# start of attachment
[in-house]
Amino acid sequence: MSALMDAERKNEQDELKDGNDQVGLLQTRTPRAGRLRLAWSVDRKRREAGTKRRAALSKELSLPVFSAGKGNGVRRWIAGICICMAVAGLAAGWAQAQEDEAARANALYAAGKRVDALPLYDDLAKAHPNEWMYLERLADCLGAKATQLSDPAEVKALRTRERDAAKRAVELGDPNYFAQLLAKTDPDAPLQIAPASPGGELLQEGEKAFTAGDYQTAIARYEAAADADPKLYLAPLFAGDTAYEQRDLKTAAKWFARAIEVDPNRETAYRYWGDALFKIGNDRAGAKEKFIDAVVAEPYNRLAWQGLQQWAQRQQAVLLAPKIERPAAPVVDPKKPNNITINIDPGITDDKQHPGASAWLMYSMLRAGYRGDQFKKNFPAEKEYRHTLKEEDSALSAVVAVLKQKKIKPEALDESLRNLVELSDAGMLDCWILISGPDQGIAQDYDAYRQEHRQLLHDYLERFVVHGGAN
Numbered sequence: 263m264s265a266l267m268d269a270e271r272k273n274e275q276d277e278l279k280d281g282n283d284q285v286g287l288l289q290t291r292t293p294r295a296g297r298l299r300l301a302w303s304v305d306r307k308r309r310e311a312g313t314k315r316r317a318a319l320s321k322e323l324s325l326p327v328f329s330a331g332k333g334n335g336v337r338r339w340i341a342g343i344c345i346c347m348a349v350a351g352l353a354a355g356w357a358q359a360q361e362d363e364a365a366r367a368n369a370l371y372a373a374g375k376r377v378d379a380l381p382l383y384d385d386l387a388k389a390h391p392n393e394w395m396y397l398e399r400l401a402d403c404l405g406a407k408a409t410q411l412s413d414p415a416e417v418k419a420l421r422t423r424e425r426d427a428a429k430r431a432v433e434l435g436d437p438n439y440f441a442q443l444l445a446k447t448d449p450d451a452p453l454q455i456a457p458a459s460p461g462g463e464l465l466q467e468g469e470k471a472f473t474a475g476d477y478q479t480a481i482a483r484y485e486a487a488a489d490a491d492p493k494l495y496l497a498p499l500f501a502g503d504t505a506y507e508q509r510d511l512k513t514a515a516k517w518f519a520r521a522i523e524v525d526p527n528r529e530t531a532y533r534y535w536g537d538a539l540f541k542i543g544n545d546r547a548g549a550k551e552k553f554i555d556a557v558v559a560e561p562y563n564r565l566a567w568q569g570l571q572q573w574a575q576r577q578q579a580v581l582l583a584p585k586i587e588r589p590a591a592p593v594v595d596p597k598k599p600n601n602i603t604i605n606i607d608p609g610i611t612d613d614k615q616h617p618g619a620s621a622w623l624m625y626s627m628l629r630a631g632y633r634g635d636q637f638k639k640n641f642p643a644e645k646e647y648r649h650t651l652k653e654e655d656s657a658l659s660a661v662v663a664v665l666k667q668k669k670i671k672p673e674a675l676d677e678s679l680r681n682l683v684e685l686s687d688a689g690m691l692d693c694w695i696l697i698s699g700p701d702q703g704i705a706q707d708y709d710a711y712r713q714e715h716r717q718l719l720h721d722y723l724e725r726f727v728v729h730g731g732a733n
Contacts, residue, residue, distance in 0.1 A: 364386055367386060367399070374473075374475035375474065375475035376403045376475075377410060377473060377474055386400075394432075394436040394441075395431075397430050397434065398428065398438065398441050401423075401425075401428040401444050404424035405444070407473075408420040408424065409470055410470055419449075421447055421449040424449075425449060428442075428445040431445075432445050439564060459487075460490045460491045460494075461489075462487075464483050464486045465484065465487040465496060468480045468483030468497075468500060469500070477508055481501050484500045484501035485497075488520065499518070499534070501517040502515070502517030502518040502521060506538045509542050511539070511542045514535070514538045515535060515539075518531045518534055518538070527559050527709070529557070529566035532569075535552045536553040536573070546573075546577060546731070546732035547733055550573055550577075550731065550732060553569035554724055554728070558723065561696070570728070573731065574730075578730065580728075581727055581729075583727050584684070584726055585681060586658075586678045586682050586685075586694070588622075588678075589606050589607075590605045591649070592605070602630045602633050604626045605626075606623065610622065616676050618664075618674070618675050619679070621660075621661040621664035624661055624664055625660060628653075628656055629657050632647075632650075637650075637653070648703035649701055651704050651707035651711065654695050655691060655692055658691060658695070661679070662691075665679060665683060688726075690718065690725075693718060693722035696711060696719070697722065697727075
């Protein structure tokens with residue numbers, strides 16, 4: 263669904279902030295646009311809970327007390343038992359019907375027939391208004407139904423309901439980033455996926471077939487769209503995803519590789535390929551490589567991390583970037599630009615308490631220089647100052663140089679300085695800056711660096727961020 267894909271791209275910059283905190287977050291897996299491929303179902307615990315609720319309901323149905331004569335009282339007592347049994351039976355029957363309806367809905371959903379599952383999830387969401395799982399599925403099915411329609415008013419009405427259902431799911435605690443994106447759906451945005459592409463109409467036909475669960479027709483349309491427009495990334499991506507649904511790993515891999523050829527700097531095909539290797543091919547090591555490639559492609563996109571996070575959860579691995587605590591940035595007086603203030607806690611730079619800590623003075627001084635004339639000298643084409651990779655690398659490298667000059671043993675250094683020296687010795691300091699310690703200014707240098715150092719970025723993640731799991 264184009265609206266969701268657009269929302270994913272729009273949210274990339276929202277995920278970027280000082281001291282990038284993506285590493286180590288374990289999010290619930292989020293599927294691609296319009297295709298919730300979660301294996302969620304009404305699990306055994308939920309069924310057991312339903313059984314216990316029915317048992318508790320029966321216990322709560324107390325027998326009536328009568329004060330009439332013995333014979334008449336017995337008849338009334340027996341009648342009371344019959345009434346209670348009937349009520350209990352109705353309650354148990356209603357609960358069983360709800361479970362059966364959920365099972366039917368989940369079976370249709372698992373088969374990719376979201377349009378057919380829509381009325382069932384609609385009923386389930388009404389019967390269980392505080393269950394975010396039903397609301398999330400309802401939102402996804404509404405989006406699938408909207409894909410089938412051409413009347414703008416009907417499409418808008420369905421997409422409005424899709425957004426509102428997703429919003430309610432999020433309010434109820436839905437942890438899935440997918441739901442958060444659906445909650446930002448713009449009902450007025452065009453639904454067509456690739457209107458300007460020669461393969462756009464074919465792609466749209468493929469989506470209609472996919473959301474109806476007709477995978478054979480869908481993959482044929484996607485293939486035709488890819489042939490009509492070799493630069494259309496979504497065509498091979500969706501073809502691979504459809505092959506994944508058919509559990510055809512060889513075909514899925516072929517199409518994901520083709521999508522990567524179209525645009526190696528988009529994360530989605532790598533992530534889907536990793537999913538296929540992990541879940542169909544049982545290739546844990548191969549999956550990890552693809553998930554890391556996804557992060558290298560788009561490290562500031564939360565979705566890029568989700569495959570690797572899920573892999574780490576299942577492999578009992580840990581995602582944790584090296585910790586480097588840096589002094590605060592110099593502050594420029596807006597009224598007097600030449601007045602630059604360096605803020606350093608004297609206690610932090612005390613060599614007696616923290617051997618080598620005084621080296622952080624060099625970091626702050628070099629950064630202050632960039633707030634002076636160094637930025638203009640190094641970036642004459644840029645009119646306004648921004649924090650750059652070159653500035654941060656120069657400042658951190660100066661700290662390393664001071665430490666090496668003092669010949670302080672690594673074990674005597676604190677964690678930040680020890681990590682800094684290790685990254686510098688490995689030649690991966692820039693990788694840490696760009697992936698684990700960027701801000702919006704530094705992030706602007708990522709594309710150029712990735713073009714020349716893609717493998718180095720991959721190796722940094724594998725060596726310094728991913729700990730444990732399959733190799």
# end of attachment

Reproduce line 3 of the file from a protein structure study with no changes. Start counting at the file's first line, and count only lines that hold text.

Numbered sequence: 263m264s265a266l267m268d269a270e271r272k273n274e275q276d277e278l279k280d281g282n283d284q285v286g287l288l289q290t291r292t293p294r295a296g297r298l299r300l301a302w303s304v305d306r307k308r309r310e311a312g313t314k315r316r317a318a319l320s321k322e323l324s325l326p327v328f329s330a331g332k333g334n335g336v337r338r339w340i341a342g343i344c345i346c347m348a349v350a351g352l353a354a355g356w357a358q359a360q361e362d363e364a365a366r367a368n369a370l371y372a373a374g375k376r377v378d379a380l381p382l383y384d385d386l387a388k389a390h391p392n393e394w395m396y397l398e399r400l401a402d403c404l405g406a407k408a409t410q411l412s413d414p415a416e417v418k419a420l421r422t423r424e425r426d427a428a429k430r431a432v433e434l435g436d437p438n439y440f441a442q443l444l445a446k447t448d449p450d451a452p453l454q455i456a457p458a459s460p461g462g463e464l465l466q467e468g469e470k471a472f473t474a475g476d477y478q479t480a481i482a483r484y485e486a487a488a489d490a491d492p493k494l495y496l497a498p499l500f501a502g503d504t505a506y507e508q509r510d511l512k513t514a515a516k517w518f519a520r521a522i523e524v525d526p527n528r529e530t531a532y533r534y535w536g537d538a539l540f541k542i543g544n545d546r547a548g549a550k551e552k553f554i555d556a557v558v559a560e561p562y563n564r565l566a567w568q569g570l571q572q573w574a575q576r577q578q579a580v581l582l583a584p585k586i587e588r589p590a591a592p593v594v595d596p597k598k599p600n601n602i603t604i605n606i607d608p609g610i611t612d613d614k615q616h617p618g619a620s621a622w623l624m625y626s627m628l629r630a631g632y633r634g635d636q637f638k639k640n641f642p643a644e645k646e647y648r649h650t651l652k653e654e655d656s657a658l659s660a661v662v663a664v665l666k667q668k669k670i671k672p673e674a675l676d677e678s679l680r681n682l683v684e685l686s687d688a689g690m691l692d693c694w695i696l697i698s699g700p701d702q703g704i705a706q707d708y709d710a711y712r713q714e715h716r717q718l719l720h721d722y723l724e725r726f727v728v729h730g731g732a733n